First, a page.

12. The article of footwear of claim 1, wherein the at least one receptacle comprises two projections at each of a front end and a rear end, respectively, in a longitudinal direction of the article, wherein each projection is engageable with a corresponding indentation in the housing.
13. The article of footwear of claim 1 further comprising a removal strap disposed at least partially within the at least one receptacle to facilitate removal of the housing from the at least one receptacle.
14. The article of footwear of claim 13, wherein the removal strap is arranged within the at least one receptacle such that a portion of the strap is positioned below the housing when the housing is disposed within the at least one receptacle and an end of the strap extends over a top edge of the at least one receptacle.
15. The article of footwear of claim 13, wherein the removal strap comprises an aperture for receiving a projection of the housing when the housing is disposed in the at least one receptacle of the article.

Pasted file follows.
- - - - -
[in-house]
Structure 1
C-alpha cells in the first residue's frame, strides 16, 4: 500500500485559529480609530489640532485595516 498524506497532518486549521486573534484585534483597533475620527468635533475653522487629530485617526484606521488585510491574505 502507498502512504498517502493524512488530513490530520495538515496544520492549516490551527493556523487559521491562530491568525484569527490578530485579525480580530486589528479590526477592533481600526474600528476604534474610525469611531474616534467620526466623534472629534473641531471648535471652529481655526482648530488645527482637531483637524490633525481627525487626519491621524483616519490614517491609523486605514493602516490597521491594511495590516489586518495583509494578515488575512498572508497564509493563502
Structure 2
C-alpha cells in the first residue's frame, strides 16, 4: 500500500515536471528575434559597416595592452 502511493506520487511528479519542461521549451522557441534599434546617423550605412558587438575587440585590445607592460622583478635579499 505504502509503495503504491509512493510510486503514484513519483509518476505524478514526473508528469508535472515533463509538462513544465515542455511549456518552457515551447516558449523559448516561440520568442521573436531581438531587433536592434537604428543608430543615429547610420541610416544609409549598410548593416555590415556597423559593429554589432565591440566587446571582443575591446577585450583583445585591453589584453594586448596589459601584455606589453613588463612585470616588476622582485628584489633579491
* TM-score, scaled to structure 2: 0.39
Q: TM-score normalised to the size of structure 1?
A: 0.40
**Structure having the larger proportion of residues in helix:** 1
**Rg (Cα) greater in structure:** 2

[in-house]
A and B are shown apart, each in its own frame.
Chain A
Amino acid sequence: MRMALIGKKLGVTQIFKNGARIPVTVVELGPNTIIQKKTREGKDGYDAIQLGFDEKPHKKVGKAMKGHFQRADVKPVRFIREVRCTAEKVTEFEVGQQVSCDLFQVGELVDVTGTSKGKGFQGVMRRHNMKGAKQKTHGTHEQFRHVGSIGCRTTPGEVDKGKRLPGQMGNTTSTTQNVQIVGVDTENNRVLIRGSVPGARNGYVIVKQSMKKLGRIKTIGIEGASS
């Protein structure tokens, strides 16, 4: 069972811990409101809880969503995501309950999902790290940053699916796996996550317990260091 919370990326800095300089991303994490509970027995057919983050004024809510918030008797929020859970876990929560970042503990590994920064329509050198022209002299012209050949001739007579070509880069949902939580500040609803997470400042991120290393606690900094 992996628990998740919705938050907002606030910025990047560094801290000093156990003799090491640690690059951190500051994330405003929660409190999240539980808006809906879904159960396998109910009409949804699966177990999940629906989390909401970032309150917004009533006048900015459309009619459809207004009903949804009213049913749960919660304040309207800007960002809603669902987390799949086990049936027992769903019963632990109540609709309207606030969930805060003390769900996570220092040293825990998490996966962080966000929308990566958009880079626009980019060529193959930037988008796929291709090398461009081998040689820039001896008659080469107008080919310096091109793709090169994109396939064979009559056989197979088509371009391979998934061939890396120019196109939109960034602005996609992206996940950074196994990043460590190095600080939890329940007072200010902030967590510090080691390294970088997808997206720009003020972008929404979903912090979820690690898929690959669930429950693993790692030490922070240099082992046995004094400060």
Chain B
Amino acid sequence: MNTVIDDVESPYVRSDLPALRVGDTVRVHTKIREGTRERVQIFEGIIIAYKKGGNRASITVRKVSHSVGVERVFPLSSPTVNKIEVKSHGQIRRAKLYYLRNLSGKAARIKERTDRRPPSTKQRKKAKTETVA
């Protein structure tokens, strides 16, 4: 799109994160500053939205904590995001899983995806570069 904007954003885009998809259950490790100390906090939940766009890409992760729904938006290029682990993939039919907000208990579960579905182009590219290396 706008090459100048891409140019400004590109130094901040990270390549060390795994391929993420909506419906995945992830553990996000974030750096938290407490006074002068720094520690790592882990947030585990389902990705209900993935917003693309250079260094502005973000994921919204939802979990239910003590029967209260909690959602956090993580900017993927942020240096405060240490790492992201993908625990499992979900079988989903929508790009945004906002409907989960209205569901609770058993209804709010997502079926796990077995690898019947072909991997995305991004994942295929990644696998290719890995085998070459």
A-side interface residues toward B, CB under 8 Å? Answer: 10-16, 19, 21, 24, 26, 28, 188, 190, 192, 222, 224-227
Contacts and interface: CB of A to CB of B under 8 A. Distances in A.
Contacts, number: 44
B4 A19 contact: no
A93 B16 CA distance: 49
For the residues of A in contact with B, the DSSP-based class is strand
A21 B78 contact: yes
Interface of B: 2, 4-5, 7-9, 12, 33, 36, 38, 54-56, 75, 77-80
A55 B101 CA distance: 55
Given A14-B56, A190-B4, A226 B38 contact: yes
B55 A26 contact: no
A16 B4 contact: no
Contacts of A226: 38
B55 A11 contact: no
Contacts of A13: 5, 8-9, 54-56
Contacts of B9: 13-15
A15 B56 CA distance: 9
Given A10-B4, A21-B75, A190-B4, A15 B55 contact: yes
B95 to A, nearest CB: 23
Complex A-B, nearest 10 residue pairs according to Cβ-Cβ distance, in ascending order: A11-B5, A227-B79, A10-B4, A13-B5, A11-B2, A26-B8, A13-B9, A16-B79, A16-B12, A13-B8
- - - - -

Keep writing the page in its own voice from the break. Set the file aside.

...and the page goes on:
16. The article of footwear of claim 1, wherein at least a portion of the at least one receptacle is integrated into a reinforcing element disposed within the sole unit.
17. The article of footwear of claim 1
, further comprising:
an attachment means for securing the article of footwear to a wearer's foot; and
a mounting cover engageable with the attachment means, wherein the mounting cover is configured to receive a second housing configured for receiving an electronic assembly.
18. The article of footwear of claim 1, wherein the sole unit forms a plurality of recesses, and the at least one receptacle is disposed within at least one of the plurality of recesses.
19. The article of footwear of claim 1, wherein the at least one receptacle comprises at least two indentations oriented substantially opposite each other.